Although the Federal Trade Commission (FTC) ultimately decided against filing antitrust charges against Google, at least one bureau recommended pursuing legal action against the search company for exploiting its position to harm its competitors.

A 2013 report filed by the FTC's bureau of competition is said to have been accidentally leaked to the Wall Street Journal, after the publication filed a Freedom of Information request for a completely unrelated matter. The report, which the FTC requested the WSJ not to publish, concludes that Google used anti-competitive tactics that led to "significant harm" to its rivals while helping its own business.

"[Google's behavior] helped it to maintain, preserve, and enhance Google's monopoly position in the markets for search and search advertising," said the report, according to the WSJ.

Evidence cited in the report, including a treasure trove of details about Google's business practices as mentioned by its highest ranking officials such as co-founders Larry Page and Sergey Brin, executive chairman Eric Schmidt, and former executive and now Yahoo CEO Marissa Mayer, demonstrate how Google maintains its majority market share while providing the best user experience while simultaneously using underhanded tactics against its competitors.

The report could renew complaints from local search rival Yelp, which accuses Google of favoring search results from its own Google Local even though Yelp's content is far better than Google's. It could also fuel the ongoing antitrust investigation against Google in Europe, where regulators have a tougher stance against Google.

The document concludes that Google skewed search results for its own benefit and to the detriment of its rivals, with Google "demoting, or refusing to display, links to certain vertical websites in highly commercial categories." However, Google's claim to improve search results makes it difficult for the FTC to pursue legal action in the U.S., even if elsewhere, Google is faced with a barrage of investigations and charges brought on by rivals and regulators.

Across the Atlantic Ocean, members of the European Parliament have voted in favor of a resolution proposing that Google split up its search engine from its other services, effectively prohibiting Google from bannering its own services on top of its rivals in the search results. Google owns a whopping 90 percent of the search market in Europe, where it has been the subject of a four-year-long ongoing antitrust investigation. In the U.S., comScore predicts Google's market share at 65 percent, but the search company may own much more than is widely believed. The report says Google estimates its U.S. market share between 69 and 84 percent.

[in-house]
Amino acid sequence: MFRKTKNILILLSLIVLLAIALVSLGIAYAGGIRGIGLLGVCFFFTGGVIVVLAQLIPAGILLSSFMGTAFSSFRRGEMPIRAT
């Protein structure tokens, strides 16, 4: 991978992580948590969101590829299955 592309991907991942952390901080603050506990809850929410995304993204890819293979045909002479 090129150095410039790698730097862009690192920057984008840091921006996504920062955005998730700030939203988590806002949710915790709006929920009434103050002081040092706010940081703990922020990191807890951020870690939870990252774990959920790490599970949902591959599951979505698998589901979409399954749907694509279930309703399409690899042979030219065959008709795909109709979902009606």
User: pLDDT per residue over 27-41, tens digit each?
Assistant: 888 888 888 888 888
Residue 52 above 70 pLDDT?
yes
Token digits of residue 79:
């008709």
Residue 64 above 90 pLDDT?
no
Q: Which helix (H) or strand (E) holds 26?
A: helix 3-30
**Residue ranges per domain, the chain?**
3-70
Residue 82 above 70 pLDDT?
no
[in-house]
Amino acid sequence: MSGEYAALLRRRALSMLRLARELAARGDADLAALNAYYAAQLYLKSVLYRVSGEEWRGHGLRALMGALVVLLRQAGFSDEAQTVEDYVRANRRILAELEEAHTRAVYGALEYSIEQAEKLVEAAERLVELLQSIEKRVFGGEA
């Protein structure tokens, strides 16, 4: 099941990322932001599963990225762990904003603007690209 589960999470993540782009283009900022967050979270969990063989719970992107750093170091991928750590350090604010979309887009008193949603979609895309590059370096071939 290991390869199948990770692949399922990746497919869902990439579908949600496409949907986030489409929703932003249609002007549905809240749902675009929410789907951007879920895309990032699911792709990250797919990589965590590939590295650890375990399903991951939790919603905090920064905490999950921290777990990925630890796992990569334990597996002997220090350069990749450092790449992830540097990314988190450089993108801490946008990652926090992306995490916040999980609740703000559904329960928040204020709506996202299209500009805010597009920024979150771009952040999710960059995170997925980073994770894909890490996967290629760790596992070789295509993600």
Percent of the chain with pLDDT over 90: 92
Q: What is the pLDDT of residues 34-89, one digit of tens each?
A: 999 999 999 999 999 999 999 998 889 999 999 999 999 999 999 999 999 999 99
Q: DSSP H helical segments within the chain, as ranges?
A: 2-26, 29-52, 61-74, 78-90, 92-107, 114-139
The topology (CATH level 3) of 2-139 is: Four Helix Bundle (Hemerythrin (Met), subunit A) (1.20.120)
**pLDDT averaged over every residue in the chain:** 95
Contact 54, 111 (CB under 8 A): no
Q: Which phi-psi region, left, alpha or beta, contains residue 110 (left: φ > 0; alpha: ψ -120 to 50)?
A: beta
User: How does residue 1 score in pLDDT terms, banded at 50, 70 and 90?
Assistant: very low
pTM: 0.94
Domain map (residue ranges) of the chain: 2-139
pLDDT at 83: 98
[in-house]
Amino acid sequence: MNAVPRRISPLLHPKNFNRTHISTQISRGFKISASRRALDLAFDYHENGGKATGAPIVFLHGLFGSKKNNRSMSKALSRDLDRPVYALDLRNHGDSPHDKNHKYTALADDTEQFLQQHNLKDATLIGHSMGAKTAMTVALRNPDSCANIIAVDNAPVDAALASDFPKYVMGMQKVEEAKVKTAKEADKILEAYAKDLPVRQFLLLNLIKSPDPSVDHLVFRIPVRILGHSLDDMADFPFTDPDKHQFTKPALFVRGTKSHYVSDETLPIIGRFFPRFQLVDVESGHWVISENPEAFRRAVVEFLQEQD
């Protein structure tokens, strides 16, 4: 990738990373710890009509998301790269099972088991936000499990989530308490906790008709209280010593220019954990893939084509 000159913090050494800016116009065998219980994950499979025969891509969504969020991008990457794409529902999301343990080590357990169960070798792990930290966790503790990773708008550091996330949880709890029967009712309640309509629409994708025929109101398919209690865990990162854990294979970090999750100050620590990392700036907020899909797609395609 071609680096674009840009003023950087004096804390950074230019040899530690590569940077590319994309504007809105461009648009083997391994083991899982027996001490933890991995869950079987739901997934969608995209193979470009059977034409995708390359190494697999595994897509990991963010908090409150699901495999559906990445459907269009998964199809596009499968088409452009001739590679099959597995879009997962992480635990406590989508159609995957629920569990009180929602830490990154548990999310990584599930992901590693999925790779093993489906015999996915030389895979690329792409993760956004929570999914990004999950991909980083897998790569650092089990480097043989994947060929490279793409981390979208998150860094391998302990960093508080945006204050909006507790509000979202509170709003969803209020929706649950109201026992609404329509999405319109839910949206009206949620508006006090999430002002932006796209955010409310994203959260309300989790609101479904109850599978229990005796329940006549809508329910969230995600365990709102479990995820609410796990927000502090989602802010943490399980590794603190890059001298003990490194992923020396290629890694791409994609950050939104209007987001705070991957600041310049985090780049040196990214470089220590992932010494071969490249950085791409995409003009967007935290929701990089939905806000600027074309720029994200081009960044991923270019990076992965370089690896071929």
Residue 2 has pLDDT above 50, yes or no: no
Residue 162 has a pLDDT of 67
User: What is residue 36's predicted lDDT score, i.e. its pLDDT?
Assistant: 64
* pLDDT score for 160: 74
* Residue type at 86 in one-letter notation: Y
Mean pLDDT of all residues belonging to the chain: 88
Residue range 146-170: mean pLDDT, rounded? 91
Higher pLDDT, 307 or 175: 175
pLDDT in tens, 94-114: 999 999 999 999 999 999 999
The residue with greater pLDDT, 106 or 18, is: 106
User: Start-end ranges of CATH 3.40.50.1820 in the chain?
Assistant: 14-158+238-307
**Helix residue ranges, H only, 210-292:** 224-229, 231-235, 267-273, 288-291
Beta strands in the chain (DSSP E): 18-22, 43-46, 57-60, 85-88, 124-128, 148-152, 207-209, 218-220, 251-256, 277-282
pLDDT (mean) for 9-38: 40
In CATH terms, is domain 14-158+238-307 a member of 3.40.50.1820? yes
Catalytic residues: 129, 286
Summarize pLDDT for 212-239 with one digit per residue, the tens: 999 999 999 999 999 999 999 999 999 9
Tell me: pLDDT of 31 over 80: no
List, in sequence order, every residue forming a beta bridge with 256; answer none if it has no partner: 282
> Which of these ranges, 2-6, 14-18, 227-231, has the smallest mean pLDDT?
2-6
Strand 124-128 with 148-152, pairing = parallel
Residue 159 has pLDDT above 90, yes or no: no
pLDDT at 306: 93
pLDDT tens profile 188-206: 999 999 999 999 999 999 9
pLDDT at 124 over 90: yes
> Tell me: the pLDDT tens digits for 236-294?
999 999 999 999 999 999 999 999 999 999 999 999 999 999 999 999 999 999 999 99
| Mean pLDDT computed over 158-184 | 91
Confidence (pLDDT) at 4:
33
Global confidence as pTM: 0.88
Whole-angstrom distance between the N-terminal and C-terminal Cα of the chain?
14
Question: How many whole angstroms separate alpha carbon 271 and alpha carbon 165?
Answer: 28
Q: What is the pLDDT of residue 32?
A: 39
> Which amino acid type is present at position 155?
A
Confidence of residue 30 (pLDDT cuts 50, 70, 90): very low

"From an antitrust perspective, I'm happy to see [comScore] underestimate our share," the report quotes Hal Varian, chief economist at Google.

Europe has expanded its investigation to include Android, the mobile operating system controlled by Google. According to IDC, Android owns nearly 77 percent of the global smartphone industry, with iOS trailing behind at 20 percent. Last month, the Federal Antimonopoly Service of Russia also launched an official probe into Google's business practices after Yandex, Google's main competitor in Russia, filed a complaint that Google is abusing Android's position to force smartphone manufacturers into preinstalling Google's apps and using Google as the default search engine.

In the U.S., however, a federal judge dismissed antitrust charges against Google after plaintiffs filed a lawsuit alleging Google of the same accusations as Yandex. District judge Beth Labson Freeman of San Jose, California said the plaintiffs failed to demonstrate how Google's practices resulted in higher smartphone prices.

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